Heat Biologics reported a slightly larger loss in 2014 as the Durham drug development company increased spending on clinical and regulatory expenses related to its bladder cancer treatment.
For the year, Heat reported a loss of $11.8 million, or $1.83 per share, compared with a loss of $9.1 million, or $2.42 per share, in 2013.
The company’s clinical and regulatory expenses increased from $1.4 million to $5.3 million. Heat completed the first phase of enrollment for its Phase 2 study of its treatment, HS-410, and has begun dosing patients.
The company expects to complete the enrollment of all three phases of its Phase 2 study in the third quarter of this year, and report results in the second quarter of next year.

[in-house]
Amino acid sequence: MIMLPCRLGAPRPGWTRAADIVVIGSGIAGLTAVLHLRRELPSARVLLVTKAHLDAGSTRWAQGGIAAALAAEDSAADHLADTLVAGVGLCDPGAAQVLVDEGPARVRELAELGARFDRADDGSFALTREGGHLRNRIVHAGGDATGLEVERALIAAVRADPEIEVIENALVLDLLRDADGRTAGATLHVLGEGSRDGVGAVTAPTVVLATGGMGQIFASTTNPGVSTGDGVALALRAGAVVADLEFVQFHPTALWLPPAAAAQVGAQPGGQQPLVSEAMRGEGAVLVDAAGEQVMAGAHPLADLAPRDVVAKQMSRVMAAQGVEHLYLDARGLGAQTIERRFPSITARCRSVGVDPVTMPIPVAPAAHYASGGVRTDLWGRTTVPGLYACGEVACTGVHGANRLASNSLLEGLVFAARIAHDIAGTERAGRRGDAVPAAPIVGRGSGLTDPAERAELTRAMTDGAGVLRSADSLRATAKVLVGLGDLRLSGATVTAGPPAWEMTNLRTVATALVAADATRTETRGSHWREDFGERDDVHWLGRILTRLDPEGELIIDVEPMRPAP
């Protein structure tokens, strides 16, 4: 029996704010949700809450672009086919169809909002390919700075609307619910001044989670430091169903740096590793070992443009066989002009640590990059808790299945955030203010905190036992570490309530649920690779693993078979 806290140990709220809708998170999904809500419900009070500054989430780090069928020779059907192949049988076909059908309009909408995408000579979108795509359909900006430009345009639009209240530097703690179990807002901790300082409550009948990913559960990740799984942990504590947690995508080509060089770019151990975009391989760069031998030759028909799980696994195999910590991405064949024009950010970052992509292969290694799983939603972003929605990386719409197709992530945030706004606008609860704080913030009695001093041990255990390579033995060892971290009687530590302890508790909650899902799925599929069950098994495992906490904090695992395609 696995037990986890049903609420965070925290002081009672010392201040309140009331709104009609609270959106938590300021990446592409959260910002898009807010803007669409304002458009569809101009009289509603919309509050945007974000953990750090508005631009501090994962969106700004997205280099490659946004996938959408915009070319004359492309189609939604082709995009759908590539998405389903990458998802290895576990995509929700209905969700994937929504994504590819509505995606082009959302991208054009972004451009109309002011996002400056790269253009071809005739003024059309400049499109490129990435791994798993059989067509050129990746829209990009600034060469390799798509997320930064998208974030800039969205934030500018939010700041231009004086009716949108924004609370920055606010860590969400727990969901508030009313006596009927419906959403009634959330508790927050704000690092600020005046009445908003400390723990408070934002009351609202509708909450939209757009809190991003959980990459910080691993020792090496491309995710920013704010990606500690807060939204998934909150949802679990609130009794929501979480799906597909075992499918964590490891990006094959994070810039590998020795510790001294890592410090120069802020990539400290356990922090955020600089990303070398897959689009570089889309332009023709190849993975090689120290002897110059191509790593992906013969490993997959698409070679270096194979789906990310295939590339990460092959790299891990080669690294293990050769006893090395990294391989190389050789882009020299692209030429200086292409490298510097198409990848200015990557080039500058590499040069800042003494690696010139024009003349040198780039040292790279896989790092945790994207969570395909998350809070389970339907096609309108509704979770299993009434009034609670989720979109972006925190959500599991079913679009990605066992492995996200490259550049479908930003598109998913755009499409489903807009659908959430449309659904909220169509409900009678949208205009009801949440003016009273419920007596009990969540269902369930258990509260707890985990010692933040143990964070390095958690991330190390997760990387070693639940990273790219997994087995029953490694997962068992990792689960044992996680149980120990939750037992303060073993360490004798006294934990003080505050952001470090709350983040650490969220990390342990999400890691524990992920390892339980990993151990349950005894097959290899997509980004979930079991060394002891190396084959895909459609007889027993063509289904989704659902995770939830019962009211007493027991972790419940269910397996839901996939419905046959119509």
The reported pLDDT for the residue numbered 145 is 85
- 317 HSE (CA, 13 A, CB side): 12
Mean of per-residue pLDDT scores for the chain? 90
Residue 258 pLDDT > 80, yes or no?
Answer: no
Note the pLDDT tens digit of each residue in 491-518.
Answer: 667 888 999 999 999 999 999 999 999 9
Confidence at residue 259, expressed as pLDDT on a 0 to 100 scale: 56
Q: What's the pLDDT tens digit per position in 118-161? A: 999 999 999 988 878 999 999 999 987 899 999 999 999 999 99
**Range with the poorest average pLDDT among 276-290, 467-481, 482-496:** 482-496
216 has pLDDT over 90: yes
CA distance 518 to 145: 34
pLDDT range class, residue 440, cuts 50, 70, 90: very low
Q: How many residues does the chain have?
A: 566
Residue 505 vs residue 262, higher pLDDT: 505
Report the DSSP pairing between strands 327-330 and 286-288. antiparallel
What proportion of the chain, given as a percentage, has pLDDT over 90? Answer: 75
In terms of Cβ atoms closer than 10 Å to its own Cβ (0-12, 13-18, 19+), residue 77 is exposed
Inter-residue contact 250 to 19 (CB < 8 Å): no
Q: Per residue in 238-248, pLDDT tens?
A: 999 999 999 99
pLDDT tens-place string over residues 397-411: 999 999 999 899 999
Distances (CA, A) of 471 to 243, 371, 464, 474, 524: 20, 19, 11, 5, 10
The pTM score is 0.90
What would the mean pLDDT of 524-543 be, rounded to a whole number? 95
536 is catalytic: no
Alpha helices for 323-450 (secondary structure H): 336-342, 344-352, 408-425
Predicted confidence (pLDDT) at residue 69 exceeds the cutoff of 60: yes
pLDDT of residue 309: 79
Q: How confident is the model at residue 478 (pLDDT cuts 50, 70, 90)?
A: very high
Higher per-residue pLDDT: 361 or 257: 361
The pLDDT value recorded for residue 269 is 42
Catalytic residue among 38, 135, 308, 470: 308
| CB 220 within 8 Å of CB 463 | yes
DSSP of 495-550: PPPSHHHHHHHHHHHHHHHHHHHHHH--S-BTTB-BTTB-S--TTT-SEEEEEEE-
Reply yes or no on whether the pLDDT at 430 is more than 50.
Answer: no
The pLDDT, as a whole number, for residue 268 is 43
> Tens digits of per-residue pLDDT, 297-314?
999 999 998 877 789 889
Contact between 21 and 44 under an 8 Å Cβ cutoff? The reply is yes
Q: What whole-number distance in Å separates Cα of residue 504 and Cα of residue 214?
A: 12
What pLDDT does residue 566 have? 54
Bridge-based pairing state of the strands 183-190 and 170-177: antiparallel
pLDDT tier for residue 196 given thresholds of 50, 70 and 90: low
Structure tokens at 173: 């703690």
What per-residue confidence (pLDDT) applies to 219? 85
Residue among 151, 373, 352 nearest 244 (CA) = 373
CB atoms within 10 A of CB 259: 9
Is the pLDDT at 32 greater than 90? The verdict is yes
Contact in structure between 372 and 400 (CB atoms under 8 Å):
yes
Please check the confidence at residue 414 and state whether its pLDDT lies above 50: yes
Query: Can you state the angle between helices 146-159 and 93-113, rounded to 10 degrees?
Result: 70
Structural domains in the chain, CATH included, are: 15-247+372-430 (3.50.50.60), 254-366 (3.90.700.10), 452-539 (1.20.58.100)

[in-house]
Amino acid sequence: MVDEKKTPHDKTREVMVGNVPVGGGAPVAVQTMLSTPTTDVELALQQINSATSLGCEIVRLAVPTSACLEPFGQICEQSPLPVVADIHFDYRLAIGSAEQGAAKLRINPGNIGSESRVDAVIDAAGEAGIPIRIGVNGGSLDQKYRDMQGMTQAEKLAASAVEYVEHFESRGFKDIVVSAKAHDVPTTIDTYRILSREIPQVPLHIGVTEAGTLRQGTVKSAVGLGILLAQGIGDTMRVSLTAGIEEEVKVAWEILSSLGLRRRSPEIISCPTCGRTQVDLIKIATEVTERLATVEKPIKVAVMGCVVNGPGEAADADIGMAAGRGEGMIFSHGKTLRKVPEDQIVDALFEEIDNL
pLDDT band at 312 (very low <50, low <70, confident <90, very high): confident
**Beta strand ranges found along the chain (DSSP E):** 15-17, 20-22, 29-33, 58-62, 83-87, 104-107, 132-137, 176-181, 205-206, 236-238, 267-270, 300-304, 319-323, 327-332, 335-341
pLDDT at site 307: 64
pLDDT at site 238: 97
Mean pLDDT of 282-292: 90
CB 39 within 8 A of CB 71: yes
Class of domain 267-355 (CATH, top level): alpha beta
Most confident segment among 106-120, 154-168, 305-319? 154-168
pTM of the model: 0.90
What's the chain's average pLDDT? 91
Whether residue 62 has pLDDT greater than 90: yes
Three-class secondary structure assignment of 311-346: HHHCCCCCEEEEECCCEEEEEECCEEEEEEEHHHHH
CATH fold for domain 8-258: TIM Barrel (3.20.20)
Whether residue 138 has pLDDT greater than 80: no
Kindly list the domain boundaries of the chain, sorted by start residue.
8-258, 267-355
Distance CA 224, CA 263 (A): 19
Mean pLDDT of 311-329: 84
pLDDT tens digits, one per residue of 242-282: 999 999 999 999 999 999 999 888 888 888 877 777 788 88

Sign Up and Save
Get six months of free digital access to The News & Observer
"We accomplished several key clinical and corporate goals over the past year, setting the stage for further progress in 2015," said Jeff Wolf, Heat's CEO, in a statement.
Earlier this month Heat’s treatment received fast-track status from the Food and Drug Administration. The designation accelerates the review process for the drug. The FDA applies it to drugs that have the potential to offer significant improvement in treatment compared with products already on the market.
Heat has no drugs on the market but is developing treatments for lung cancer and bladder cancer. As of Dec. 1, Heat had $14.4 million in cash.
The company raised $10.66 million earlier this month after selling 1.64 million shares at $6.50 a share in a public stock sale.
Heat’s stock closed Thursday at $5.90. The shares are up nearly 29 percent this year.